Compliance Solution LLC


Surgical Mask vs Respirator

A surgical mask is to stop the saliva/water droplets.  It cannot stop any virus, germs etc.  It is not air tight either.  The reason why a dentist dons a surgical mask is to catch any possible saliva/water droplets from the patient.  For a respirator, it is to stop germs etc.    Therefore it has to be air tight, which is a good seal between your face and the respirator.  It is to ensure all the air will go through a filtering piece.  A good seal is critical.  Any facial hair or gap can render the respirator ineffective.     We have seen people wearing a respirator with only one rubber band across the cheek, and one rubber band hanging under the chin – A sense of false security.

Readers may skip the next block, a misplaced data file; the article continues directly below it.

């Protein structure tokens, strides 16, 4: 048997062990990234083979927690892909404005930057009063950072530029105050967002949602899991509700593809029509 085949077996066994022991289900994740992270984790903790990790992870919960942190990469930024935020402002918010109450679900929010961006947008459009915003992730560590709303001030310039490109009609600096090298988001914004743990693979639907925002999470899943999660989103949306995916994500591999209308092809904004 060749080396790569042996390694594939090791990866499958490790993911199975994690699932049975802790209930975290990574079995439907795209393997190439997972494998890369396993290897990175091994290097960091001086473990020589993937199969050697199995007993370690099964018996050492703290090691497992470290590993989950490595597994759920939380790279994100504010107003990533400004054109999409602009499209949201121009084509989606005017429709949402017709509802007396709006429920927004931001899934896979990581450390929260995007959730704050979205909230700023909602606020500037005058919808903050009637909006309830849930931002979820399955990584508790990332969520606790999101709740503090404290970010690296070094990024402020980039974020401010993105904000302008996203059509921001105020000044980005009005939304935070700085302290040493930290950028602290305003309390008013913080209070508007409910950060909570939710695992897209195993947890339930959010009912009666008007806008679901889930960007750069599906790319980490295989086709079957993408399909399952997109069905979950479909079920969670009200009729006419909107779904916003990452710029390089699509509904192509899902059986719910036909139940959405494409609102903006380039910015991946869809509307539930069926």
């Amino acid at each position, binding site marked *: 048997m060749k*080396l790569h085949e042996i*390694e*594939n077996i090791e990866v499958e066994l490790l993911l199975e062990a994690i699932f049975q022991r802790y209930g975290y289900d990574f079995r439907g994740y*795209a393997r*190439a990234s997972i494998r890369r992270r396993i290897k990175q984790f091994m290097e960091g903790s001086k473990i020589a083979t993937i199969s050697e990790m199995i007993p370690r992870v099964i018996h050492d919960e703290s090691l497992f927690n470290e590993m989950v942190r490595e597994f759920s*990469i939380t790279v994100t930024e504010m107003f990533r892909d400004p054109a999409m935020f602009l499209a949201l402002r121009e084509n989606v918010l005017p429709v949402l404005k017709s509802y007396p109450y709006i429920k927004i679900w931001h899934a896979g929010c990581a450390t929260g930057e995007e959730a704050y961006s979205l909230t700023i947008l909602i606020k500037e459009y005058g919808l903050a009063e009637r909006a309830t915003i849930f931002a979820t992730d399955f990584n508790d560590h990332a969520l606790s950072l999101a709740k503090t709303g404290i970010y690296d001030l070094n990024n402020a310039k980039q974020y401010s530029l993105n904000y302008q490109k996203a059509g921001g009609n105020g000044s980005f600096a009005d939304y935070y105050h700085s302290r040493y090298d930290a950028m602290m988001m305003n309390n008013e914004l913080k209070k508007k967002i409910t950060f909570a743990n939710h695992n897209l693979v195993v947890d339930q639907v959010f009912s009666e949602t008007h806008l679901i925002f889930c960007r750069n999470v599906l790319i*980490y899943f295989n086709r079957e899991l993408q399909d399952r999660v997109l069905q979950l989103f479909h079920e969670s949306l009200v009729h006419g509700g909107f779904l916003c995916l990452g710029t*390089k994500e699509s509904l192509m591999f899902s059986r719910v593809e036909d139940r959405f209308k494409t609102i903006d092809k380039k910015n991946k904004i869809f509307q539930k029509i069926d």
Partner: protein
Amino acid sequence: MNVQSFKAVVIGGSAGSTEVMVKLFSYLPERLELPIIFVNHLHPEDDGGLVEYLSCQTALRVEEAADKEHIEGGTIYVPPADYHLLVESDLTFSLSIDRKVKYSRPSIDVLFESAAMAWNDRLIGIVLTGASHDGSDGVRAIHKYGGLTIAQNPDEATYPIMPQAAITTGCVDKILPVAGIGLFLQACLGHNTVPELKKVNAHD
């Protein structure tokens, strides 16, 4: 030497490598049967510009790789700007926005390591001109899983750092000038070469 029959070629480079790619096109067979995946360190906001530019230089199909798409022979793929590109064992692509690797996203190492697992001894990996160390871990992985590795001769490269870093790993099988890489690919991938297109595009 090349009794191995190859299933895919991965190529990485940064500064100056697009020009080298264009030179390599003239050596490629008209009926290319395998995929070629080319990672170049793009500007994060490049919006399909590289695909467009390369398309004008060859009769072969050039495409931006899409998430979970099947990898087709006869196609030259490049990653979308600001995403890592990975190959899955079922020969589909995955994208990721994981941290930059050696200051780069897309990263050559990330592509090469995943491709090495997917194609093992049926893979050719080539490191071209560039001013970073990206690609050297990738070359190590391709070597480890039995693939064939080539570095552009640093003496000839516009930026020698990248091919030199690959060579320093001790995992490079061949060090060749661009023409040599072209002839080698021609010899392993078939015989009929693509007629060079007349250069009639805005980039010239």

By the way, N in N95 respirator for Non-oil proof.  You may see P100 or R99.  P stands for oil proof, and R stands for oil resistant.  If you cannot find N95 respirator in the market, P100, P99, R99 or R95 will do the job.    Unless you are a medical professional, a surgical mask will be good enough.   


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Five years, not Three years, for OSHA Repeat Violations

In the old days, say, before 2015, OSHA could only go back three years for repeat violations.  In those days, if you got cited a serious citation, you might just pay a small fine, and hoped you would not get a repeat citation in the following three years.  Starting in 2015, OSHA might go back FIVE (5) years for repeat violations. Contesting a serious citation may become necessary because the potential for getting a repeat violation can cost a fortune, which can be as high as $129336.  If you get cited a serious citation coming from a routine operation, you may want to review your safety policy and consider fighting the citation.  That serious citation can become a very expensive repeat citation five years down the road.